Chipotle's Chief People Officer Marissa Andrada Shares Her Secrets To HR & Living An Integrated Life

Courtesy of Marissa Andrada

In Bustle's Quick Question, we ask women leaders all about advice — from the best guidance they've ever gotten, to what they're still figuring out. Here, Marissa Andrada of Chipotle shares her insights on bringing a company's culture to life, how she pumps herself up for presentations, and the importance of living an integrated life.

Name a brand that you love, and odds are Marissa Andrada, Chipotle's Chief People Officer, is partially responsible for your obsession. Andrada has been essential to crafting teams everywhere from Pizza Hut to Universal Studios, from Red Bull to GameStop, from Kate Spade to Starbucks, essentially going through the full list of millennial fever dream companies before landing on the beloved fast-casual restaurant's leadership team in 2018. But no matter the company her career has taken her, the heart of her work has always come down to two things: the people, and what they stand for.

"How do you bring a culture to life? I always believe the first thing is that it's a reflection of leadership, and it's also reflection of the purpose of the company," Andrada tells Bustle. "And for us, it is cultivating a better world. And the way we've been able to codify our culture is around identifying values that we all align to and then threading all those values throughout everything we do."

Andrada, a first-generation American whose parents immigrated from the Philippines before she was born, shares with Bustle that this career path wasn't always in the cards for her. In fact, given her childhood love of math and science, her parents expected her to become a medical doctor. Arguably, she become a people doctor instead.

"HR can be really strategic because of two things. One is if a company is trying to accomplish whatever objectives it is, what HR can do is partner with leadership to really help them understand, do you have the right leadership capability to drive that? Do we have the right leaders? Are they capable? Do they know what they're doing? And then, are we organized in the right way?" Andrada says. "And then, as important, how do you drive culture? Culture meaning, what is this company doing through leaders to inspire and motivate people to get all the work done? And so those are really broad strokes. I always tell people those are my secrets to HR. That's how I got into it."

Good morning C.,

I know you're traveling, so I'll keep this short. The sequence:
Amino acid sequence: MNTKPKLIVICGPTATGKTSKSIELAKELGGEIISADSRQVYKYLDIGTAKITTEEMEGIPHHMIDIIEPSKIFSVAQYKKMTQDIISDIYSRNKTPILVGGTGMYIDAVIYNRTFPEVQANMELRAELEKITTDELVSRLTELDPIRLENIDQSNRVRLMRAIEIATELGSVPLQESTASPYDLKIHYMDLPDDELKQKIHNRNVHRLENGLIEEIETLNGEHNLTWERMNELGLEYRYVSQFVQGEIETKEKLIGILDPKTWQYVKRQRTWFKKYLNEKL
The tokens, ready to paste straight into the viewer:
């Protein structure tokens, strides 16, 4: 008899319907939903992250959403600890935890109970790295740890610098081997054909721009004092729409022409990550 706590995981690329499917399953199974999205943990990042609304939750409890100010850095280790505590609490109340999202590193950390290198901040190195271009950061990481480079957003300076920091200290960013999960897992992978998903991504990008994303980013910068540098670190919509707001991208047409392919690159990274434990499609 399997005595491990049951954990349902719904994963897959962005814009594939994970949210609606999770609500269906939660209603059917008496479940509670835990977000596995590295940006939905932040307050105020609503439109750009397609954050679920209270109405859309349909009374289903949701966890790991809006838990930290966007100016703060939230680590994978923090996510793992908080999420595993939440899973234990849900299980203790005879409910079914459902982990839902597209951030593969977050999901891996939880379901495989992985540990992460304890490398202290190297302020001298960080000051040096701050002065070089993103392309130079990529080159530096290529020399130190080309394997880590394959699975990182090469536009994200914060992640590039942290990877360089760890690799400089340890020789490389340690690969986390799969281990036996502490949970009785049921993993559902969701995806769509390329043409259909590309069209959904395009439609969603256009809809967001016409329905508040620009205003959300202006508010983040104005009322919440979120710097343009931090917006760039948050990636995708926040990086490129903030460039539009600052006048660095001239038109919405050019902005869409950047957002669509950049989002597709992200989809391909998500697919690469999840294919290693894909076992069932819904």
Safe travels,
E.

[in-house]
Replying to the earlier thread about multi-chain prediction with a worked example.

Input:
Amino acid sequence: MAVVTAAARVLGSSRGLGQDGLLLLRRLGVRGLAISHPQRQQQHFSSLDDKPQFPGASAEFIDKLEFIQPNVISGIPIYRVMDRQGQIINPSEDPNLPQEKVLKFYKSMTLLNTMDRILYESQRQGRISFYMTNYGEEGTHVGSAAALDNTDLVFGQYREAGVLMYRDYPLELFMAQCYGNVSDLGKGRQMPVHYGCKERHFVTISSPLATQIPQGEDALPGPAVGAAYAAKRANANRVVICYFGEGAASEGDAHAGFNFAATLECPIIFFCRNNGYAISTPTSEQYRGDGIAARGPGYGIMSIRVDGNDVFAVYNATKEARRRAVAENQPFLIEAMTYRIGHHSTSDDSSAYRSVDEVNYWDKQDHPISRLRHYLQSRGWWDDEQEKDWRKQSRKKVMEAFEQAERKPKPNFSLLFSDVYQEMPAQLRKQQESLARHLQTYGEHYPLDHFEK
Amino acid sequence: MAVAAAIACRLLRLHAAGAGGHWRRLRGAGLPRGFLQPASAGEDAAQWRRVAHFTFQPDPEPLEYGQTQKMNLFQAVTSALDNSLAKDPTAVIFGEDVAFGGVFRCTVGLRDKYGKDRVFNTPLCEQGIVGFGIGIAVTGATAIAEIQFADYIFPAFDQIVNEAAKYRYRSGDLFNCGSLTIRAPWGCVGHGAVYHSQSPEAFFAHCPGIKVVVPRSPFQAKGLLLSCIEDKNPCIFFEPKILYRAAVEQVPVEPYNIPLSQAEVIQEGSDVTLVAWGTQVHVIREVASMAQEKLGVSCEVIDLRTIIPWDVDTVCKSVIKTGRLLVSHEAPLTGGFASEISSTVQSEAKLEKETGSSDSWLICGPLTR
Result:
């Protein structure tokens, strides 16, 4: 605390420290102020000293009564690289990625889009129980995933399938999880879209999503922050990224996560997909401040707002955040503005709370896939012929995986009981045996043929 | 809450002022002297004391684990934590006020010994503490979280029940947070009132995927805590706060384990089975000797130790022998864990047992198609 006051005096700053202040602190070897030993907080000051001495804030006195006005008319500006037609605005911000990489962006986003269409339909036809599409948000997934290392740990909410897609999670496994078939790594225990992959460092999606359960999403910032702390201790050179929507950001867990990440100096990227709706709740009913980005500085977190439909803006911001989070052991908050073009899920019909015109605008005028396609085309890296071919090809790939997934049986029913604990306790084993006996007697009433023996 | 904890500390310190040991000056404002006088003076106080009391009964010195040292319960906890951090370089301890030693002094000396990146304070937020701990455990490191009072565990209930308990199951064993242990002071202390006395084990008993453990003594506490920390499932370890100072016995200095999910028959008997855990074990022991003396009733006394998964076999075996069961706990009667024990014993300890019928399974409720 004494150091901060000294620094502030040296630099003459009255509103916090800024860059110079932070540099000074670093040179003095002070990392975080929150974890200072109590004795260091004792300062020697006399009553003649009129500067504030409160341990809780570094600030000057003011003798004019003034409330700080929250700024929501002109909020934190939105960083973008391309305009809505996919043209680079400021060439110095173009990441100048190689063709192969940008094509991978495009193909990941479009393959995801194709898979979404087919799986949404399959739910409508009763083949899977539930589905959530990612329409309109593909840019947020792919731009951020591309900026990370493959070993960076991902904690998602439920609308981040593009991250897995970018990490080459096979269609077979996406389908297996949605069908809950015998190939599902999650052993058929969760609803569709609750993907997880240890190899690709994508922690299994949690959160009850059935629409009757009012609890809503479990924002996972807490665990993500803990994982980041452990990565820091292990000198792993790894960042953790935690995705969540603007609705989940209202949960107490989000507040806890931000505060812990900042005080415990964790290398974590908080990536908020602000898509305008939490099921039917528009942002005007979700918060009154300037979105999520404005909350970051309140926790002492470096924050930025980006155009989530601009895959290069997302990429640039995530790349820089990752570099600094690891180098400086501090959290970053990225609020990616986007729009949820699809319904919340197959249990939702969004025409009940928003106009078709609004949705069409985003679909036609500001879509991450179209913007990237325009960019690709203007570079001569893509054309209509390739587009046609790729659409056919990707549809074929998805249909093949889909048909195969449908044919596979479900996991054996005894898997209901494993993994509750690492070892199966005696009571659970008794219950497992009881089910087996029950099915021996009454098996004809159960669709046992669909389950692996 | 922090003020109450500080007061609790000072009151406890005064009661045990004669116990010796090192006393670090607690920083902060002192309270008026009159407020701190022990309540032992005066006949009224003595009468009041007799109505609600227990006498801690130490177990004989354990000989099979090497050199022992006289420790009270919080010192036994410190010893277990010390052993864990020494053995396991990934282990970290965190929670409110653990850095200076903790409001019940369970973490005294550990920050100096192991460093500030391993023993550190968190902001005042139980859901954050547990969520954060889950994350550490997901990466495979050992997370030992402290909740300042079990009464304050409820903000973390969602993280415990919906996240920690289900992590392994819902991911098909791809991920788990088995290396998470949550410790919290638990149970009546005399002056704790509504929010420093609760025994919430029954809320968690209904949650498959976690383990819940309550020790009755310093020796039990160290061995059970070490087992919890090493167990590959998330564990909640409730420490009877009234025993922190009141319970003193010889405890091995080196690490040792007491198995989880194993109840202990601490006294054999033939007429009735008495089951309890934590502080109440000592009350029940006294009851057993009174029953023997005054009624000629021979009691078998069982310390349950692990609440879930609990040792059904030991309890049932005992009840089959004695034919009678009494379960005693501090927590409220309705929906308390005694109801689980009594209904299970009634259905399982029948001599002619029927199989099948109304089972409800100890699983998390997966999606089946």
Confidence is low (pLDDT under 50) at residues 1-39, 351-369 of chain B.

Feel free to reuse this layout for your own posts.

These secrets of Andrada's have been essential in a career's worth of working with leadership, and in her commitment alongside Chipotle CEO Brian Niccol to create a more diverse leadership team representative of the company's values. Here, she shares with Bustle the advice that got her there, her tricks for pumping herself up, and what her busy days look like behind the scenes.

What do you need advice on?

MA: Oh gosh, I need advice on how to make sure that I'm living an integrated life. I'm always needing coaching and advice on how do I keep that balance and not lose myself. And for me, when I'm passionate about something, I'm all in. So the advice I need is to not lose my own balance and not take care of myself.

How do you pump yourself up before a big meeting or presentation?

MA: So it depends on what the presentation is. I think about our most recent big meetings we've had — we've had all of our field leaders together, and that's about 500 people. And then back in September, we had all of our general managers together, and that was about 5,000 people. And so there are two ways I prop myself up: One is you've got to spend time, even recent time with these people. As soon as a week or a few days before the meeting, just to understand what's top of mind for them, understand what's important to them — and that is a reflection of what's going to be top of mind when they walk into that meeting, and their expectations for leaders.

But right into the presentation or right before, I love to put my notes away and not look at them. I find it's really important to actually switch off and think about something completely different. So I'll read a random article about something having nothing to do with the meeting. And the other thing, too, is I love listening to classical music. I don't know what it is. It just calms me before I go into a presentation. I think I need that to get pumped up.